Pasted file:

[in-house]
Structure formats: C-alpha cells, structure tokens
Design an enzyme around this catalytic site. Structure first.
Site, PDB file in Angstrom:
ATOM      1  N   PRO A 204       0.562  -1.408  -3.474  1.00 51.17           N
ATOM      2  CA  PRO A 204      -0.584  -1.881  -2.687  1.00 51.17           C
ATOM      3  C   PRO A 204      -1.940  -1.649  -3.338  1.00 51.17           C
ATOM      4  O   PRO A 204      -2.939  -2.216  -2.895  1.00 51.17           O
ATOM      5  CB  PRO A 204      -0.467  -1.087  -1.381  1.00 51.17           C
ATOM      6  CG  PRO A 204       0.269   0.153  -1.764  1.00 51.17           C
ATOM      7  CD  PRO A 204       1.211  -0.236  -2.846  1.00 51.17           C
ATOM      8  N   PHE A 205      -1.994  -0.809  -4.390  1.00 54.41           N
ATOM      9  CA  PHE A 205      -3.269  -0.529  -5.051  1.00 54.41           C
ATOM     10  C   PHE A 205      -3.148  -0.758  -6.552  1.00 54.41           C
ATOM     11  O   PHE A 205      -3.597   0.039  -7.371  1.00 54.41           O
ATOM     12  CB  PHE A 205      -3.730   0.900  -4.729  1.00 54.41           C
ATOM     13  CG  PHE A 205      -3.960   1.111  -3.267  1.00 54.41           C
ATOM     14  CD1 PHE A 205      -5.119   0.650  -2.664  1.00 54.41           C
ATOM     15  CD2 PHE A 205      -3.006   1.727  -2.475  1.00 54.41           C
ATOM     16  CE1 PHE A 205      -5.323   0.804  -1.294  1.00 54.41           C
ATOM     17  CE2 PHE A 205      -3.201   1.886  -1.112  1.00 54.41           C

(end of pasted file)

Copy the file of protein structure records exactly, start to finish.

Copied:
[in-house]
Structure formats: C-alpha cells, structure tokens
Design an enzyme around this catalytic site. Structure first.
Site, PDB file in Angstrom:
ATOM      1  N   PRO A 204       0.562  -1.408  -3.474  1.00 51.17           N
ATOM      2  CA  PRO A 204      -0.584  -1.881  -2.687  1.00 51.17           C
ATOM      3  C   PRO A 204      -1.940  -1.649  -3.338  1.00 51.17           C
ATOM      4  O   PRO A 204      -2.939  -2.216  -2.895  1.00 51.17           O
ATOM      5  CB  PRO A 204      -0.467  -1.087  -1.381  1.00 51.17           C
ATOM      6  CG  PRO A 204       0.269   0.153  -1.764  1.00 51.17           C
ATOM      7  CD  PRO A 204       1.211  -0.236  -2.846  1.00 51.17           C
ATOM      8  N   PHE A 205      -1.994  -0.809  -4.390  1.00 54.41           N
ATOM      9  CA  PHE A 205      -3.269  -0.529  -5.051  1.00 54.41           C
ATOM     10  C   PHE A 205      -3.148  -0.758  -6.552  1.00 54.41           C
ATOM     11  O   PHE A 205      -3.597   0.039  -7.371  1.00 54.41           O
ATOM     12  CB  PHE A 205      -3.730   0.900  -4.729  1.00 54.41           C
ATOM     13  CG  PHE A 205      -3.960   1.111  -3.267  1.00 54.41           C
ATOM     14  CD1 PHE A 205      -5.119   0.650  -2.664  1.00 54.41           C
ATOM     15  CD2 PHE A 205      -3.006   1.727  -2.475  1.00 54.41           C
ATOM     16  CE1 PHE A 205      -5.323   0.804  -1.294  1.00 54.41           C
ATOM     17  CE2 PHE A 205      -3.201   1.886  -1.112  1.00 54.41           C